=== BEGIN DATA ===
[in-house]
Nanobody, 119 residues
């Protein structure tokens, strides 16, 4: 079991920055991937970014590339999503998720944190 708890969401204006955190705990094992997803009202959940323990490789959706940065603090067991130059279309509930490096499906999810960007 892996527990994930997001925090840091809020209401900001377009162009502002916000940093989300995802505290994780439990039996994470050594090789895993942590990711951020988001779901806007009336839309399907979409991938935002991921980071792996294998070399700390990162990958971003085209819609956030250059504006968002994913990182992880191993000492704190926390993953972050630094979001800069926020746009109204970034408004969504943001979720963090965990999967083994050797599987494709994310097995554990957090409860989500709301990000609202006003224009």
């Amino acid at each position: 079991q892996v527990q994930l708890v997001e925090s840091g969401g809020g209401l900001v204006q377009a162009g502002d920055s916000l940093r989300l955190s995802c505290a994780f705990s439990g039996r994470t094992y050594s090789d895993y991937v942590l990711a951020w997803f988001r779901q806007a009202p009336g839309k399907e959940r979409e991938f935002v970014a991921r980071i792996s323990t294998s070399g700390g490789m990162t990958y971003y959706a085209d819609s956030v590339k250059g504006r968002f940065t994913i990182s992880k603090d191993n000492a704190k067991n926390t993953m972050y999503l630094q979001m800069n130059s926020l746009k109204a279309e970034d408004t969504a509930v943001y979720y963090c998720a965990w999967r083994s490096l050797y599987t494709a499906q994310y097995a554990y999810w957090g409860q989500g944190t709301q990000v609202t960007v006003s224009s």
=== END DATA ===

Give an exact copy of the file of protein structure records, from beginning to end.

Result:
[in-house]
Nanobody, 119 residues
């Protein structure tokens, strides 16, 4: 079991920055991937970014590339999503998720944190 708890969401204006955190705990094992997803009202959940323990490789959706940065603090067991130059279309509930490096499906999810960007 892996527990994930997001925090840091809020209401900001377009162009502002916000940093989300995802505290994780439990039996994470050594090789895993942590990711951020988001779901806007009336839309399907979409991938935002991921980071792996294998070399700390990162990958971003085209819609956030250059504006968002994913990182992880191993000492704190926390993953972050630094979001800069926020746009109204970034408004969504943001979720963090965990999967083994050797599987494709994310097995554990957090409860989500709301990000609202006003224009």
């Amino acid at each position: 079991q892996v527990q994930l708890v997001e925090s840091g969401g809020g209401l900001v204006q377009a162009g502002d920055s916000l940093r989300l955190s995802c505290a994780f705990s439990g039996r994470t094992y050594s090789d895993y991937v942590l990711a951020w997803f988001r779901q806007a009202p009336g839309k399907e959940r979409e991938f935002v970014a991921r980071i792996s323990t294998s070399g700390g490789m990162t990958y971003y959706a085209d819609s956030v590339k250059g504006r968002f940065t994913i990182s992880k603090d191993n000492a704190k067991n926390t993953m972050y999503l630094q979001m800069n130059s926020l746009k109204a279309e970034d408004t969504a509930v943001y979720y963090c998720a965990w999967r083994s490096l050797y599987t494709a499906q994310y097995a554990y999810w957090g409860q989500g944190t709301q990000v609202t960007v006003s224009s």